A one-way repeated measures ANOVA was used to assess the effects after a treatment over six weeks (baseline, after 2 weeks, after 4 weeks, and after 6 weeks) on each dependent variable (Statistica 7, StatSoft, Inc., Tulsa, OK). The sphericity assumption was tested using the Mauchly's test. When sphericity was violated, Greenhouse-Geisser correction was applied to adjust the degrees of freedom for the averaged tests of significance. The estimate of effect size (ES), that is, partial eta-squared estimate, when comparing conditions at each time point, was calculated following the scale proposed by Cohen : small (ES > 0.2), moderate (ES > 0.5), or large (ES > 0.8). When necessary, post hoc analyses were performed using Tukey's HSD test. Statistical significance was set at P < 0.05.
One participant was excluded from the study due to a broken ankle between the third and the fourth visit. All the other participants completed the whole experimental protocol. A technical problem with two pedometers led to data loss for two participants. Thus, the statistical analyses were carried out on gait parameters and measures obtained from the questionnaires for 13 patients and on daily physical activity measures for 11 patients. No adverse side effects of injection were reported.
3.1. Questionnaires. Pain, stiffness, and function of the affected limb were reduced by 66%, 64%, and 60%, respectively, from the second to the sixth week after the IAC injection when compared to baseline value (ES = 0.61, 0.50, and 0.54, resp.; powers = 1.0; Figure 2). No difference was observed between postinjection values (2nd versus 4th week: P > 0.79; 2nd versus 6th week: P > 0.62; 4th versus 6th week: P > 0.94). Change in QoL was identified for four of the eight items of the SF-36 (Table 1). With regard to the baseline, the IAC injection improved bodily pain and social functioning from the second to the sixth week after injection and vitality (energy/fatigue) and limitation due to physical health during the four last weeks (Table 1).
3.2. Spatiotemporal Gait Parameters. Gait analysis demonstrated that the KOA patients' gait pattern was transiently but significantly affected (Table 2). After two weeks, patients had significantly increased their self-selected walking velocity (P = 0.012), and this lasted until the sixth week after the injection (baseline versus 4th week: P = 0.032; baseline versus 6th week: P = 0.016). When compared to the baseline, cadence increased after the injection (P < 0.05), stride length was increased only after two weeks (P = 0.015), and walking base was not affected by the corticosteroid treatment (P = 0.13). Gait cycle duration time was reduced after the fourth (P = 0.022) and sixth weeks (P = 0.030).
3.3. Daily Physical Activity Measure. When compared to the baseline, daily walking distance and activity time increased by 20% (P = 0.015) and 21% (P = 0.012), respectively, in the first two weeks and by 13% (P = 0.066) and 17% (P = 0.014) in the following two weeks compared to the baseline (walking distance: ES = 0.31 and power = 0.84; activity time: ES = 0.34 and power = 0.89 for activity time; Figure 3). Time spent performing light (1 or 2 METs) and moderate (3 METs) physical activities was improved two weeks following injection (Figure 4). Improvement in the subsequent weeks was only observed for the light intensity level of activities.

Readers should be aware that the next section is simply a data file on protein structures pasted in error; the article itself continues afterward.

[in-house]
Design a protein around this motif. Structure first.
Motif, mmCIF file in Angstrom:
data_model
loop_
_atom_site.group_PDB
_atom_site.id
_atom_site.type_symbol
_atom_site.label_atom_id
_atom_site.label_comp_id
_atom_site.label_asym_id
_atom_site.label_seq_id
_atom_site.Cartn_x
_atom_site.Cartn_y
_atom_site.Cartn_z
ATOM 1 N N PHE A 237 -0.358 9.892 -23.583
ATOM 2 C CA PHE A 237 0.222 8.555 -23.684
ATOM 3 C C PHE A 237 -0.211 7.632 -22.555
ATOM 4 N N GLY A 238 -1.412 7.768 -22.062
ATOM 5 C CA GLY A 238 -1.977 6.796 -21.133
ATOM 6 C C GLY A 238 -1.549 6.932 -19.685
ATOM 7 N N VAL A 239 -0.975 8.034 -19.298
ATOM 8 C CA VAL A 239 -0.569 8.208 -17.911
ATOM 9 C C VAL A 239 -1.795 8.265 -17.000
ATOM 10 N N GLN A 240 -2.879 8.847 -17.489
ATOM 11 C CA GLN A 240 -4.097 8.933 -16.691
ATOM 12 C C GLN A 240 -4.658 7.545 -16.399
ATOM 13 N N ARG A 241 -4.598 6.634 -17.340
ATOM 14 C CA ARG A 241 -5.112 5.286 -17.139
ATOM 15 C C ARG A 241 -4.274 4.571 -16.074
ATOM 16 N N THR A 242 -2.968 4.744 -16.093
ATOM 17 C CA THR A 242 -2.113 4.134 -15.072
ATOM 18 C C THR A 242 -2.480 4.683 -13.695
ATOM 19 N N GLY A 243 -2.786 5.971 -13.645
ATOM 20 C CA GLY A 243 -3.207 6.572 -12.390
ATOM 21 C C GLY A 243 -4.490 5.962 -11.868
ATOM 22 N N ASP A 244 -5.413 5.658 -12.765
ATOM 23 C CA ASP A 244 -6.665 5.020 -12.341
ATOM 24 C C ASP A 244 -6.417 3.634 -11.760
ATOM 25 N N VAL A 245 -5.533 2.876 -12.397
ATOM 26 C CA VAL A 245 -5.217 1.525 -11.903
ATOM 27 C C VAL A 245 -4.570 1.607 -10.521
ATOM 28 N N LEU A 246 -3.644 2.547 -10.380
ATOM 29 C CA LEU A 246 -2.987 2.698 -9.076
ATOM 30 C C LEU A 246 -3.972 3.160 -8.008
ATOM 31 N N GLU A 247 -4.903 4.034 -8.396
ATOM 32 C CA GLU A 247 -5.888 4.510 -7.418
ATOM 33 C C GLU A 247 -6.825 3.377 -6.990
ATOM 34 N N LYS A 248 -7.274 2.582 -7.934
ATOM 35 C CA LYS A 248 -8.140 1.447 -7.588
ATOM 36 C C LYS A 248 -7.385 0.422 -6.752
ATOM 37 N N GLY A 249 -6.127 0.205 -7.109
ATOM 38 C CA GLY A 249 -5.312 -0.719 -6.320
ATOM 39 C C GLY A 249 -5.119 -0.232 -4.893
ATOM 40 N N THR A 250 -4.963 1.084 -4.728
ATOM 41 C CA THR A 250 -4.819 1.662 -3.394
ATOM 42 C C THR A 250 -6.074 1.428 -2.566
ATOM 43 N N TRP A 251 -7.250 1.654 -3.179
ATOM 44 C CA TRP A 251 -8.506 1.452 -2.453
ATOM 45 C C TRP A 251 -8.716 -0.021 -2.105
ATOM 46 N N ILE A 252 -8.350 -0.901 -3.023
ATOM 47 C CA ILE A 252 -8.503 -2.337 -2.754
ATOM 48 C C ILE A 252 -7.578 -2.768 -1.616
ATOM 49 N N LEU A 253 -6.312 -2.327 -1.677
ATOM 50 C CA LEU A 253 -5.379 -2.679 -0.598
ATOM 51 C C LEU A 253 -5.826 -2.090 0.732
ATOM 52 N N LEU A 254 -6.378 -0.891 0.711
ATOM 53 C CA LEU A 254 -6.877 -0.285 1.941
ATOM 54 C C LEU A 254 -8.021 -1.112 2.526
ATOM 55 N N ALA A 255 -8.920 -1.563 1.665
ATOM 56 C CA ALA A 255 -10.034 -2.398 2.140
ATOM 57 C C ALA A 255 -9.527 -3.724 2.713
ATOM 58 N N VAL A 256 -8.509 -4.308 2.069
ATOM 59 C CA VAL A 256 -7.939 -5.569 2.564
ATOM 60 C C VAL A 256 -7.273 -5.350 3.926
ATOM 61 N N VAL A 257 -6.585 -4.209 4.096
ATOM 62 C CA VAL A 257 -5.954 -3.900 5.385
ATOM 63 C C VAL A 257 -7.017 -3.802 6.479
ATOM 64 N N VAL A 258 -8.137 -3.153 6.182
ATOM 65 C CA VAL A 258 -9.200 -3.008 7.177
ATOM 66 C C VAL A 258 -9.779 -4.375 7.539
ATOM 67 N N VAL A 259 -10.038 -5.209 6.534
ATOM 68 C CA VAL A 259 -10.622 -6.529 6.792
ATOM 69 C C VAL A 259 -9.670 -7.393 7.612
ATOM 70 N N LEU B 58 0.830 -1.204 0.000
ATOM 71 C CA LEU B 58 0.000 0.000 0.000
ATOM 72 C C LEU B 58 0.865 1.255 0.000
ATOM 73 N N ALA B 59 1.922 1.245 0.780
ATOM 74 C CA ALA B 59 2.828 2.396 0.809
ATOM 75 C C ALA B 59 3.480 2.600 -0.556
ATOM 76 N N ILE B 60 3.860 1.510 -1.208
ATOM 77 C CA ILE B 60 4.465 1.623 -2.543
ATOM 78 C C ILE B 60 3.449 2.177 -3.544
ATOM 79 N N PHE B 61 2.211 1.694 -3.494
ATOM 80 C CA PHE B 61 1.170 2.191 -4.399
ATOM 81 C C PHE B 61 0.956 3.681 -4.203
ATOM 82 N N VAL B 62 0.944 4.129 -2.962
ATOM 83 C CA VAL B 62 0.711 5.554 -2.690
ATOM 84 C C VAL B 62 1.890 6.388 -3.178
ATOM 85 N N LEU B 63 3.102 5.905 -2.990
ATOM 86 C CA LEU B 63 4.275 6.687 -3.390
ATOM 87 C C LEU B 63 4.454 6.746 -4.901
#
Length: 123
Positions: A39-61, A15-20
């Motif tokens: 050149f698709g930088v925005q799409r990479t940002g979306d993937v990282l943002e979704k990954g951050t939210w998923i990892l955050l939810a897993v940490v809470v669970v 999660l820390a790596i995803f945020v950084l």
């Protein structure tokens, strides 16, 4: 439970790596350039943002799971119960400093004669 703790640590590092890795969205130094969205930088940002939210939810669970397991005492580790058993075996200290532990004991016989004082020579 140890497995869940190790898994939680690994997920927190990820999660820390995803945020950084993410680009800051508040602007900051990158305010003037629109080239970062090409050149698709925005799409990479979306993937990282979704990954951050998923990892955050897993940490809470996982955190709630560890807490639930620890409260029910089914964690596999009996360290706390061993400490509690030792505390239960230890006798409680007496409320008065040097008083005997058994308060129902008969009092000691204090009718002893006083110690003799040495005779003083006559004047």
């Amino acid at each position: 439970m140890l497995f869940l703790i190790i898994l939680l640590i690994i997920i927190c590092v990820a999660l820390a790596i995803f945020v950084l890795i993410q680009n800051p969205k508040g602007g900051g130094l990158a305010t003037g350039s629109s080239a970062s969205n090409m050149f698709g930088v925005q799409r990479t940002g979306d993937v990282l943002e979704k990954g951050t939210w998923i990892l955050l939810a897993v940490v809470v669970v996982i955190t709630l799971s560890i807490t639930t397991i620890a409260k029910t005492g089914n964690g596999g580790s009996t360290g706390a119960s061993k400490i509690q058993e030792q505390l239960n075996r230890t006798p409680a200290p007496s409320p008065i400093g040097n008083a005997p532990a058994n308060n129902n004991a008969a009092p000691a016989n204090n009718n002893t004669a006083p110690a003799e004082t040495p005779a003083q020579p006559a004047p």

This study is the first to assess the effects after a IAC injection on daily physical activity among knee osteoarthritis patients. It is well known that IAC injection leads to pain relief, so we sought to determine whether this relief had a positive effect on participation in physical activity during the day and on gait pattern. In spite of a small sample and the absence of control group, the results of this study showed an improved daily distance traveled and an increased duration of activities performed at light and moderate intensity levels. However, the effect after the IAC injection on daily physical activity did not last as long as the symptom relief.
Many studies have shown that IAC injection is an effective treatment for reducing pain; its effects set in quickly, but they are short-lived; that is, they last less than three weeks [30-32]. Likewise, our results showed a quick decrease in pain by 50% two weeks after injection, but contrary to other studies [30-32], this pain relief lasted for six weeks after the injection. Furthermore, whereas other authors reported small or no change in the stiffness and function subscales [33-35], in our study, these two variables were greatly improved in the six weeks after injection (~50%). These discrepancies may be explained by the questionnaires used to evaluate stiffness and function (e.g., Lequesne Index and Health Assessment Questionnaire). Raynauld et al.  used the WOMAC questionnaire and found no difference between the scores obtained before and after treatment. However, in their study, the questionnaire was filled out three months after the injection whereas injection has only short-term effects. The effects on function and stiffness may therefore last between six and twelve weeks after IAC. Following these changes, patients' QoL was also improved. The KOA patients mentioned that they felt less constrained physically and had more vitality, thus improving their social lives.